Wednesday, January 28, 2015


Like the rest of the universe, I fell in love with the podcast Serial this fall.  If you haven't heard of it, it is a program produced by some of the journalists from the super popular radio show This American Life.  Instead of spending one show on a topic, it followed a story for a week by week discussion.  In this case, it was an investigation in the murder case of a young woman, and the man convicted in her murder.  It was compelling story telling, for sure.  Just last evening, I had a very lively discussion with the women in my Bible study about the series.  We had all sorts of opinions about what actually happened, weighed in on our observations about the shortcomings of the defense, and were thrilled to find new links to interviews (want to hear more from Jay if you haven't yet?) and parodies of the program. (Seriously, this SNL skit is right on target.) It even led to a compelling discussion about the presence of Islamic leadership in public debate.  I love the idea that thoughtful, passionate discussions are being generated all across the country by programming like this.

I've been listening to podcasts for a number of years now, my habit often keeping me from listening to audiobooks as much as I would like.  I am constantly subscribing and unsubscribing to podcasts, hoping I'll find the time to listen to a new series, trying to keep up with old favorites, and being disappointed by the majority of new finds that I hope will be winners.

I find myself googling things like: "Why is Mark Garrison no longer co-hosting The Sporkful?" (no satisfactory answer there) "When will Alton Brown have a new episode of The Brown Cast?  (Also unclear).  "What are Mike Birbiglia's stand up tour dates?"

I love that the popularity of Serial has led to a surge in the production of new podcasts and a broad availability of quality, well produced podcast programming with thoughtful and timely content.  I keep finding new ones that I would like to listen to, so that I may never be able to update my phone again due to lack of available memory.

The podcasts I listen to on a regular basis continue to be Radiolab, This American Life, and Spilled Milk.  I can't keep up with The Moth or The Splendid Table, though I do really enjoy them both.  I listened to quite a few of Andrew Zimmern's (of Travel Channel fame) Go Fork Yourself, and liked it, but ultimately gave it up.

I am also quite enamored with Alex Blumberg's chronicle of his venture in creating a podcast business, StartUp. He's just so likable, honest and self deprecating, and makes what could be a really boring   Must be because he's originally from Cincinnati. I would have never thought I'd be hooked by stories of a business venture, but since they are going at it from a human interest perspective, it definitely works.  Recommended episodes: "We Made a Mistake" and "Burnout"

The now successful podcast business started by Blumberg and his associates, Gimlet Media, has also produced the podcast Reply All, which looks at lesser known aspects of the internet.  I've found it really informative and fascinating so far.  The hosts, like me, are old enough to remember what the internet looked like back in the age of dial up, chat rooms, and a CD from AOL everyone received in the mail. The show so far has been a good mix of history lesson on the evolution of the internet and a peek into some aspects I never knew even existed on today's web.  Recommended episodes:  "Follow the Money" and "Anxiety Box."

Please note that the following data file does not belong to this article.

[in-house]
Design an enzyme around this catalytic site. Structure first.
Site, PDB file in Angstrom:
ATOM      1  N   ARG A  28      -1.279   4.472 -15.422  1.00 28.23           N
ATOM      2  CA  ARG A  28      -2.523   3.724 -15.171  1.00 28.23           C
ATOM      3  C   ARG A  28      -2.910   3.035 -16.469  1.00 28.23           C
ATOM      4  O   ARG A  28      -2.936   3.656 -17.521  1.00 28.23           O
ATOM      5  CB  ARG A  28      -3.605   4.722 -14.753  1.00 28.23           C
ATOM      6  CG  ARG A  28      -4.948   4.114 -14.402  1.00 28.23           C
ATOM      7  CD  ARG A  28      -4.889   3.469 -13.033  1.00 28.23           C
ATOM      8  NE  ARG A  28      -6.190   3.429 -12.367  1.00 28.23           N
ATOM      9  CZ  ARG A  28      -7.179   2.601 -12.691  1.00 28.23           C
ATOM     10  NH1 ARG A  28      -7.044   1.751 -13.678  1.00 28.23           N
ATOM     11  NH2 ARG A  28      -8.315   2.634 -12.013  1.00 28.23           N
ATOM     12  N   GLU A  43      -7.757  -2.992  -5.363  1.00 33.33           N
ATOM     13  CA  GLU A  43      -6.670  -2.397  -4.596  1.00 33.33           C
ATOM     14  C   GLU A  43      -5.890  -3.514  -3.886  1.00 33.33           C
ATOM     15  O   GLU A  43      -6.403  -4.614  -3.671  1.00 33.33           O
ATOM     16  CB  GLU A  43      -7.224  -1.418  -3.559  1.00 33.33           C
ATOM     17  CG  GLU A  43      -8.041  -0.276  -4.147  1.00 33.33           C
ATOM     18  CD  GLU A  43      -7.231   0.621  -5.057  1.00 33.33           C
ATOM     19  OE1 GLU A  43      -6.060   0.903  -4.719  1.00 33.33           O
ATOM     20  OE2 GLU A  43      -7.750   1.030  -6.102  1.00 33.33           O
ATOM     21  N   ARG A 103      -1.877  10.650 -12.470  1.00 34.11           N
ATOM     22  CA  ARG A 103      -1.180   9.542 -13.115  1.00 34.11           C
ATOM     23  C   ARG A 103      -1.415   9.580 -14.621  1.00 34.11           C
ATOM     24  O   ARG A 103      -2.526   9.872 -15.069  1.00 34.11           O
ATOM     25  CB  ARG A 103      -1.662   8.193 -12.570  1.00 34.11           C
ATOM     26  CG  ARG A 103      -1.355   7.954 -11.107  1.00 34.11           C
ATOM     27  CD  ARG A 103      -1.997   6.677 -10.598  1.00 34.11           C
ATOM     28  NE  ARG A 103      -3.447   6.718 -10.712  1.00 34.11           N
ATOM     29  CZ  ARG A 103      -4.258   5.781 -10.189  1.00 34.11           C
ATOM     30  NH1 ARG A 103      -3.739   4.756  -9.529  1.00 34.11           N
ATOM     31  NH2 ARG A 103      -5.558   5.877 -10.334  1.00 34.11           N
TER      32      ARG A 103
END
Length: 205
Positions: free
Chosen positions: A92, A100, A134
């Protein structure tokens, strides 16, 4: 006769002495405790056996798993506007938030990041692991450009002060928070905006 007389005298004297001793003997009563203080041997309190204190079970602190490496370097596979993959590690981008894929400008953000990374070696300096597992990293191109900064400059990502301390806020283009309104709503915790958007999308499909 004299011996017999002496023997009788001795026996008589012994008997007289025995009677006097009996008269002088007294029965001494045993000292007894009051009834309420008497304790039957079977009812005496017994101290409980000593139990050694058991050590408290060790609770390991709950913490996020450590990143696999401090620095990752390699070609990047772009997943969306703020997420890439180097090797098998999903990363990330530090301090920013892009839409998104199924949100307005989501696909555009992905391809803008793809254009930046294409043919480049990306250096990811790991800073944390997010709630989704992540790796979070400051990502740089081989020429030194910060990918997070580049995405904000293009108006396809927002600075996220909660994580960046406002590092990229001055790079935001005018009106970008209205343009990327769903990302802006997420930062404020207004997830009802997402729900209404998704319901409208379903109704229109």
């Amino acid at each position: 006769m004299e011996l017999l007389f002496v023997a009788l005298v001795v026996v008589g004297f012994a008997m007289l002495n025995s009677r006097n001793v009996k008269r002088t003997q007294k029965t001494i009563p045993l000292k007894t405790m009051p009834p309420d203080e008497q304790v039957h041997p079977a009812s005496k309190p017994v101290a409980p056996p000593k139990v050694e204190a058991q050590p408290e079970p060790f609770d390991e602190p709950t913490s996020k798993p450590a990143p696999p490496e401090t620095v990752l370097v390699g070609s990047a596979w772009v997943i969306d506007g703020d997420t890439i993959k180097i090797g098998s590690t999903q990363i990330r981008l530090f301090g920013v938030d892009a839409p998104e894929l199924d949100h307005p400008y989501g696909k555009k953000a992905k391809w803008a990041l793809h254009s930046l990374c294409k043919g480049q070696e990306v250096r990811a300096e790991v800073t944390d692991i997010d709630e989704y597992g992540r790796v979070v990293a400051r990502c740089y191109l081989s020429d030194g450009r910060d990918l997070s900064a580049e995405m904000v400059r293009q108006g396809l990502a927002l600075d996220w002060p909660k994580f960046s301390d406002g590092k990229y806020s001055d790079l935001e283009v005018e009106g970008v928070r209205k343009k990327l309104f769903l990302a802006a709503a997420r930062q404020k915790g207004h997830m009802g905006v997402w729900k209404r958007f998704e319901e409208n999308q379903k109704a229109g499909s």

I have recently discovered Poem of the Day podcast, put out by the Poetry Foundation.  I used to subscribe to their daily email, but found I rarely got to it, and ended up getting rid of that particular email clutter.   I like the fact that these are read aloud, one of my favorite ways to experience a poem. A poem a day seems like a definite good thing to add to the otherwise ridiculous things that fill up my head.  BuzzFeed, I'm looking at you.

Perhaps the podcast I'm most excited about currently is a new one also produced by NPR.  Invisibilia has hosts who are from two of my all time favorites: This American Life and Radiolab.  This show mixes two of the things I like most: science and human interest.  Now if they could just add some food to the mix, it would be perfect.  I've liked all of the episodes of this show so far, but the one that has had me thinking well beyond the hour I listened was the episode "Batman."  I highly recommend it, but if you would rather not listen to the full podcast, you can read the text of it in the written transcript which can be found here and here.

The gist of this episode is that our expectations of others can absolutely define what they can and cannot do.  They begin by describing an experiment with rats, in which rats that were labeled as "smart rats" did twice as well on learning tasks than ones labeled "dumb rats" even though the rats were actually no different.  There is mention about the fact that our internal ideas of people subconsciously effect how we treat them, but then we are off to the meat of the story.  Which is, that blind people actually can be trained to see, even if they do not have eyes.  You have to read or listen to the whole thing to get the full effect of this line of reasoning, but there is a very convincing case made here.

More importantly, the piece goes on to discuss, is that many of the limitations that blind people have in our society are there solely because we do not expect blind people to be able to do certain things.  So says the man at the focus of the story, Daniel Kish, a blind man who regularly hikes as well as rides a bike.  He uses a series of clicks he makes with his mouth to produce a form of echo location to find his way around the world.